What really makes a difference is completely disassembling the various components and cleaning each piece separately.
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Old 10-17-18, 05:01 PM
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I knew you C&V peeps wouldn't let me down. As much as I've scoured and drooled over your bike pics, its apparent to me most of you know a thing or two about cleaning bikes and polishing old parts.

Many thanks for the tips.

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Old 10-17-18, 05:30 PM
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I use the method as described here by John Prolly: https://theradavist.com/2009/10/tuto...bicycle-parts/

This includes removal of the anodizing - which some people don't like to do, but you'll struggle to get a mirror finish with it on. Also noting some vintage parts aren't anodized.

Oven cleaner aka Lye is nasty stuff, don't ignore the safety advice.
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Old 10-18-18, 12:04 AM
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Start with parts of decent finish quality, then Simichrome to make ’em shine! I just used Simichrome on this 30+year-old Super Champion rim, half done here, with remarkably little effort:

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Old 10-18-18, 03:45 AM
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Originally Posted by ShowMe417 View Post
Greetings all,

I'm cleaning some older brakes, shifters, crank arms, etc. and am curious how everyone here gets them to shine. Mine are dull and generally old looking.

What are your methods to make old and dull metal parts look new again?

Thanks

ShowMe
I posted this one here, not long ago.
Shine up those Mafac Racers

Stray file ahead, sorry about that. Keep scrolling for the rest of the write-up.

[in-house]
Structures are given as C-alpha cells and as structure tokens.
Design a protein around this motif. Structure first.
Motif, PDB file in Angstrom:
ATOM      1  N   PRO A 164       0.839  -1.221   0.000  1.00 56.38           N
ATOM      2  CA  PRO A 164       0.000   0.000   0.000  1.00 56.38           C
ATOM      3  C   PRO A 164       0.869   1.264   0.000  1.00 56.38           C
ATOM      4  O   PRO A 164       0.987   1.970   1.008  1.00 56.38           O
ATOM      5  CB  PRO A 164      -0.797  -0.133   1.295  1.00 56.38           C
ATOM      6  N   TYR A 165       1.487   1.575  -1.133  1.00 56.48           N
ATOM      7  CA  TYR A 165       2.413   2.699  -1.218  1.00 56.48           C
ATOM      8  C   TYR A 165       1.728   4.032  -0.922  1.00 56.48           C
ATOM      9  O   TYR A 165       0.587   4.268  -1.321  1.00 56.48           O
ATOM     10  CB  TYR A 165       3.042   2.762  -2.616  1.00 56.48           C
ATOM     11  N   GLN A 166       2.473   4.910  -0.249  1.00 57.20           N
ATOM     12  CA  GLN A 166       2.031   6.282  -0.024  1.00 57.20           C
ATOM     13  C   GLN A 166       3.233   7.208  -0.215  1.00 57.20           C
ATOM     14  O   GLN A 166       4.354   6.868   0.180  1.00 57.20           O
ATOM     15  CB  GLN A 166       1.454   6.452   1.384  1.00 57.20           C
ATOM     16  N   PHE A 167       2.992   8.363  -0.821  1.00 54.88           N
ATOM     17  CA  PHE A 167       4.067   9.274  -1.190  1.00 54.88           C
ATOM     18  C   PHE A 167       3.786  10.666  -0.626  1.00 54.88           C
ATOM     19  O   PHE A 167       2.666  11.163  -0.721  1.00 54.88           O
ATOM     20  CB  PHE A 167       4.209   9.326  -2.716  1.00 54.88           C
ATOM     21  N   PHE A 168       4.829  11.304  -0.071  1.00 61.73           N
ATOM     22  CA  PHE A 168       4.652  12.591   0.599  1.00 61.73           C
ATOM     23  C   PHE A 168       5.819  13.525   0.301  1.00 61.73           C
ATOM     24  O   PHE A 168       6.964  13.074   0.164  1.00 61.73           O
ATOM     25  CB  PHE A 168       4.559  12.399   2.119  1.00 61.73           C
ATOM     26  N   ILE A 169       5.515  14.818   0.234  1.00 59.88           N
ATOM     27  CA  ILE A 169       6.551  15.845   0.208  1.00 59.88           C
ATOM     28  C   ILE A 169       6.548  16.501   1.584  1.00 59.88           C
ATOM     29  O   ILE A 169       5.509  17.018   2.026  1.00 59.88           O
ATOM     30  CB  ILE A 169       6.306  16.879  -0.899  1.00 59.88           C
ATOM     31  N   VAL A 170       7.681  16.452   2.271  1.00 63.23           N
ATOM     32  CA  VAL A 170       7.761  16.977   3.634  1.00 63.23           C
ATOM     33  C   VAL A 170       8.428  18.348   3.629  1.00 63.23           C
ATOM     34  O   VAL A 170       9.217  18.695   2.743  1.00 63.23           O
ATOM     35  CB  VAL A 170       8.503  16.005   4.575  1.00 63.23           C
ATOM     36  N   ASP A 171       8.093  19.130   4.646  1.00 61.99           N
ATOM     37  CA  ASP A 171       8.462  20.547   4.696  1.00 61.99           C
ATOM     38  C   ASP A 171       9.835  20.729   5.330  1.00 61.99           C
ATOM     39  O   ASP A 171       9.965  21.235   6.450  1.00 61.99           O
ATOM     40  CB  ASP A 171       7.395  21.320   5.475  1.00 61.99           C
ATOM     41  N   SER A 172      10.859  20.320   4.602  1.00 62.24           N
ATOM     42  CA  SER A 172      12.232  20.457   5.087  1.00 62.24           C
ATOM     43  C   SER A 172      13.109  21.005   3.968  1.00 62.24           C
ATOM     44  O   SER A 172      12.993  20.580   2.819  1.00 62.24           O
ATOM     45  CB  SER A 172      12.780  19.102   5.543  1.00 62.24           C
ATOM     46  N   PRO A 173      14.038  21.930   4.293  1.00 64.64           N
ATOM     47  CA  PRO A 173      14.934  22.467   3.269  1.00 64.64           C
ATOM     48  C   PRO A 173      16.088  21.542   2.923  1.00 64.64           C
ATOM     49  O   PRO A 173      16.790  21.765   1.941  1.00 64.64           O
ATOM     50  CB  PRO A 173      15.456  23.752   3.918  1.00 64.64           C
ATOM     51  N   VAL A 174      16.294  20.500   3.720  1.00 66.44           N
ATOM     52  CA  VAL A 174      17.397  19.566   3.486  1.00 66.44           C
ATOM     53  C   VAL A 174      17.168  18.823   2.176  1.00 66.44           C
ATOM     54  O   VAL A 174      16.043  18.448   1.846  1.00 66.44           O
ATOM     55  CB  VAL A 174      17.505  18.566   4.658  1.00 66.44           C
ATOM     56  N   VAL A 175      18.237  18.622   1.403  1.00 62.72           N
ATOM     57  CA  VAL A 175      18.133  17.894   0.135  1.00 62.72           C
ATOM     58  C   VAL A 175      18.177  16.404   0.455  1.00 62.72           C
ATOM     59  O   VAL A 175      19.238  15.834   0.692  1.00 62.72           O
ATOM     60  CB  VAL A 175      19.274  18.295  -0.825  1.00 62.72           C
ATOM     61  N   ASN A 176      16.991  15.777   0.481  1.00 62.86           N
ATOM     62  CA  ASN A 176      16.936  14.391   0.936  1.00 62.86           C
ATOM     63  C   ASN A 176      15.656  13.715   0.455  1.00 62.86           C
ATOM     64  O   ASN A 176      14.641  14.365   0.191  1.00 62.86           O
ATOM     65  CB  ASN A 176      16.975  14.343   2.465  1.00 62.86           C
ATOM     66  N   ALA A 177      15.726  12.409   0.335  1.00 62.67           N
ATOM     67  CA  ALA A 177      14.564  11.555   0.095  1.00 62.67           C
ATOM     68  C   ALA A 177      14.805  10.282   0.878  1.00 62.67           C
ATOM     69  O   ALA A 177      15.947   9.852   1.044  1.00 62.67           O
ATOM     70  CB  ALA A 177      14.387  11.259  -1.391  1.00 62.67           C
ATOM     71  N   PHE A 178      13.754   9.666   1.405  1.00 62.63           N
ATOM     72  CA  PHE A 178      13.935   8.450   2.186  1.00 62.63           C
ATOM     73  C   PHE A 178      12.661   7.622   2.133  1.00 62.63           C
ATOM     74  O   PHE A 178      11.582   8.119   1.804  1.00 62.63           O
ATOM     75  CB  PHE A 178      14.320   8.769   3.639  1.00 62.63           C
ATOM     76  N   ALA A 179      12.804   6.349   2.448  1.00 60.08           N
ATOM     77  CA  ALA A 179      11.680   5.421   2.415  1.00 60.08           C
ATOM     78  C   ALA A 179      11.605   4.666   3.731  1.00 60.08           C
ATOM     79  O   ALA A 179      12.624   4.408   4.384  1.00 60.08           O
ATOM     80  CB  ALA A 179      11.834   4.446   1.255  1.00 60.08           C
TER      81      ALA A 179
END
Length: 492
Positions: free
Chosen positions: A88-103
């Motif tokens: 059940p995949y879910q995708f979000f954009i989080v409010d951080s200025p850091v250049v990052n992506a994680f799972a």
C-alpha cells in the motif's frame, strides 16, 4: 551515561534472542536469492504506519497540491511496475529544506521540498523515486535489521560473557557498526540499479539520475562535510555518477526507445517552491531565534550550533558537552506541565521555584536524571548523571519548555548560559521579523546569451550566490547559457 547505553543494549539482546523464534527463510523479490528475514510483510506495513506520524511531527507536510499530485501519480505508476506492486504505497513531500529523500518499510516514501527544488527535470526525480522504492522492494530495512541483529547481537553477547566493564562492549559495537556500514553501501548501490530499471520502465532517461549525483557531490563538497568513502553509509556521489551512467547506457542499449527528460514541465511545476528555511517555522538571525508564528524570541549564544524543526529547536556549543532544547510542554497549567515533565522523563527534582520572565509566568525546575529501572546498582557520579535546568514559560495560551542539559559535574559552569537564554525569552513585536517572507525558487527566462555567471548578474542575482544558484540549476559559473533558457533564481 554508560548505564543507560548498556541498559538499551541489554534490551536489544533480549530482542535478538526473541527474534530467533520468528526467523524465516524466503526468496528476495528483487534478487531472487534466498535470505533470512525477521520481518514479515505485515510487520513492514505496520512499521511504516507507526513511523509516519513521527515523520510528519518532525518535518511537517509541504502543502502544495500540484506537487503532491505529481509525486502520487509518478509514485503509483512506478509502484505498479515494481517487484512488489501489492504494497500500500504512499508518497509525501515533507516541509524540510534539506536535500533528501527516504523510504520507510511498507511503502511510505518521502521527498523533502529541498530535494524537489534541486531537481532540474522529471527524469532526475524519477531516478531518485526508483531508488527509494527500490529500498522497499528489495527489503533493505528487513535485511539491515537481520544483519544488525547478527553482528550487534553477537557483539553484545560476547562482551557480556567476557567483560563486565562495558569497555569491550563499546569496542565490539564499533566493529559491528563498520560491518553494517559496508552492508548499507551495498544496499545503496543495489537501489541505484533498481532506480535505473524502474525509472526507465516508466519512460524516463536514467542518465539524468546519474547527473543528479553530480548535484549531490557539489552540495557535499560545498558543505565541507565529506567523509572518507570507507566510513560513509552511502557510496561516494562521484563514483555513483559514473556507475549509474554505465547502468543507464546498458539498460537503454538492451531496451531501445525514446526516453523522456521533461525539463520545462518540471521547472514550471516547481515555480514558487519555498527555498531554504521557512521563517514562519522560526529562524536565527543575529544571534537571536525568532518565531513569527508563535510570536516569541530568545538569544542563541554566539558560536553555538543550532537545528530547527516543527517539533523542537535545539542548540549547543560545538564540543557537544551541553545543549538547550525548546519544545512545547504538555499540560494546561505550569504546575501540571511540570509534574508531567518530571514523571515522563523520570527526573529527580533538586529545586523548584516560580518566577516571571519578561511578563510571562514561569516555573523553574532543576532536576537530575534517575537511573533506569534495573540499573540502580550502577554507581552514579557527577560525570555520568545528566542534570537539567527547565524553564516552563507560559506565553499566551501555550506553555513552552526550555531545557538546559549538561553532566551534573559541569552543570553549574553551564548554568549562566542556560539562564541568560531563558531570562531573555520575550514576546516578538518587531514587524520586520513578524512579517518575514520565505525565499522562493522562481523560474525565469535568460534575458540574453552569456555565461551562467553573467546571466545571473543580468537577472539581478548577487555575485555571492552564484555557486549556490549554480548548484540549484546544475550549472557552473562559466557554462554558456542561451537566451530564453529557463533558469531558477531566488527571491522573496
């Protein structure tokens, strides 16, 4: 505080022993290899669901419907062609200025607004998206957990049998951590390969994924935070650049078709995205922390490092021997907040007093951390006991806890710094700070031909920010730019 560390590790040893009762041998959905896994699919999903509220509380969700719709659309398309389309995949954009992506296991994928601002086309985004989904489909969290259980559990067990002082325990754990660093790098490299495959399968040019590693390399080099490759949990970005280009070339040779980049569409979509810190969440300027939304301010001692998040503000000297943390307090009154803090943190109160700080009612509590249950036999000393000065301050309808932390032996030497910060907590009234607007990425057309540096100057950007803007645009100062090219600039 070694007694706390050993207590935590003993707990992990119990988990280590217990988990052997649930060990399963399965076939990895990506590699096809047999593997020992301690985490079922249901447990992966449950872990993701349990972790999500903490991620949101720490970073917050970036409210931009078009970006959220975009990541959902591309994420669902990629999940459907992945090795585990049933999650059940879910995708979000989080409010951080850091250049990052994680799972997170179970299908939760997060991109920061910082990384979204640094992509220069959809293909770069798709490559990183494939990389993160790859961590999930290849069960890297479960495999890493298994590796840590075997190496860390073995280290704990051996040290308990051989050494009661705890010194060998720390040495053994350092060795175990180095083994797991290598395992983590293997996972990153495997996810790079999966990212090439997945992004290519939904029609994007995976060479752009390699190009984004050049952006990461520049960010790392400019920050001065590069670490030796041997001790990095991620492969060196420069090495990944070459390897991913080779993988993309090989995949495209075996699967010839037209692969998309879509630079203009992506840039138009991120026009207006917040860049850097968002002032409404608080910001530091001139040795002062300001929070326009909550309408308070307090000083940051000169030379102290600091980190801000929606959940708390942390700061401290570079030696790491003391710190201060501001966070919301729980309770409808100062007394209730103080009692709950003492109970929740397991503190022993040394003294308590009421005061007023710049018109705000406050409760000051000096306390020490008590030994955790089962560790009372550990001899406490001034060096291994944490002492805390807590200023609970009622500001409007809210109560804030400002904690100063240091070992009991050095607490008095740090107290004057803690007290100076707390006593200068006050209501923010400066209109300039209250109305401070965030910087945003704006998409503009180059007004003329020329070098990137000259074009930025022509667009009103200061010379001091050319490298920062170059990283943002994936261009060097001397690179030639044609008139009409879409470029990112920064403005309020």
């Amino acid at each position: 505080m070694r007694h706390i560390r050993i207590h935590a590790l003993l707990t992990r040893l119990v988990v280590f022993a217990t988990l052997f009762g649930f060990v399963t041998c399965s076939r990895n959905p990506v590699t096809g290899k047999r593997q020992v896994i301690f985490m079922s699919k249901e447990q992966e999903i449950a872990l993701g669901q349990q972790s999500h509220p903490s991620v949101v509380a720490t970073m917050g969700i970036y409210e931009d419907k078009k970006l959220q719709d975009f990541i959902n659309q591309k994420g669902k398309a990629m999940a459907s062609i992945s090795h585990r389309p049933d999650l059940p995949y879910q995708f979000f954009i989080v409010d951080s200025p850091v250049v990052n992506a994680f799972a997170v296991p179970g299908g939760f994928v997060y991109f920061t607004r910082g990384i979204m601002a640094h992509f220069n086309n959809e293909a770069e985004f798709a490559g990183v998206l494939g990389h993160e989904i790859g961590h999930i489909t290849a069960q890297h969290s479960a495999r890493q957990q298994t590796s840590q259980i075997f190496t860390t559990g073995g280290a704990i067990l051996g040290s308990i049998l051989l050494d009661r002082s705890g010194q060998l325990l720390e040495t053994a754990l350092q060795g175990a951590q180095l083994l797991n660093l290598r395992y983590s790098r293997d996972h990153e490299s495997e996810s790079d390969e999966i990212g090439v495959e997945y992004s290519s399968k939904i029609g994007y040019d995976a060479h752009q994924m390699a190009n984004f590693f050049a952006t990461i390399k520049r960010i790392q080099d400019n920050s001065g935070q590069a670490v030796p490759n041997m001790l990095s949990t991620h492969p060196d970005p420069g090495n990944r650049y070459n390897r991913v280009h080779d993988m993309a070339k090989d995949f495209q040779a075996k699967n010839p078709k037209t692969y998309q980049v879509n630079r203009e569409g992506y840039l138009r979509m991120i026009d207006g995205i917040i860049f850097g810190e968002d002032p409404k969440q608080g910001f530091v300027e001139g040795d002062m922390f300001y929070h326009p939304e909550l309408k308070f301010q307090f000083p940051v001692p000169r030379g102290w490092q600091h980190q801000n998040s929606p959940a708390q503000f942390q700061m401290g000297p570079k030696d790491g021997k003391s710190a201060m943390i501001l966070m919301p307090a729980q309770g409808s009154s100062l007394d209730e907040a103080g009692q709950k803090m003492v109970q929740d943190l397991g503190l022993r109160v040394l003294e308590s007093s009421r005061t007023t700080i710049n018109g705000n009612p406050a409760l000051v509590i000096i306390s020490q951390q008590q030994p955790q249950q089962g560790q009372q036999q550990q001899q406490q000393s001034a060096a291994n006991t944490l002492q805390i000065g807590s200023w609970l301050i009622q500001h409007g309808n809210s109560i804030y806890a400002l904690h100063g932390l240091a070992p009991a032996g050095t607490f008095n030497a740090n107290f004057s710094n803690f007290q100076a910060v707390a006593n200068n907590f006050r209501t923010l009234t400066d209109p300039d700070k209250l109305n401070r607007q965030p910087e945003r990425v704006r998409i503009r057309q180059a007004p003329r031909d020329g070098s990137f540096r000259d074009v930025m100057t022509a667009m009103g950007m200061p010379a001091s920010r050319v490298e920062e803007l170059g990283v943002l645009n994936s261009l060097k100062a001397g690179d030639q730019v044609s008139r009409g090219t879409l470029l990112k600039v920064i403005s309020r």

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Old 10-18-18, 04:32 AM
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Charles Wahl
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As you can see, there are more methods that people use than there are ways to skin a cat. Here's a sort of C&V ur-thread on the topic.
KHatfull's Aluminum Polishing Thread
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Old 10-18-18, 09:09 AM
  #15  
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Originally Posted by Charles Wahl View Post
As you can see, there are more methods that people use than there are ways to skin a cat. Here's a sort of C&V ur-thread on the topic.
KHatfull's Aluminum Polishing Thread
And what has become of @khatfull?
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Old 10-18-18, 10:18 AM
  #16  
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I know the post is about polishing but I'll also throw vapor honing / blasting out there as an option. It's a very mild process that removes corrosion and returns metal (especially aluminum and brass) to that perfect matte factory finish. It can remove mild rust and paint, but not great at grease so parts need to be degreased before hand. Like others have said, it's best to use files/sandpaper to remove scratches and pitting. It's not all that cheap but I'd imagine a whole bicycle worth of aluminum might cost around $100. I typically use this process when restoring aluminum engine cases, carbs and trim bits for Lambretta scooters and various motorcycle restorations. I'd post pics but i'm not to 10 posts yet!

In terms of polishing, Dremel tools are great for the small bits and tight places but there is not substitute for a proper polishing wheel. HF has one that doesn't suck.

Last edited by noahwayout; 10-18-18 at 10:23 AM.
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Old 10-18-18, 10:58 AM
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Much quicker than sanding is a convolute wheel on a bench grinder, ideally with a polishing wheel on the opposite side. The convolute wheel will quickly remove the old finish and any minor scratches, while conforming the part surface, to where the part will buff quite nicely. Below is the result of taking a black anodized aluminum stem, stripping the finish with the convolute wheel (preferred over using lye so that I could preserve the tight tolerance inner diameter features of the stem components) then buffing.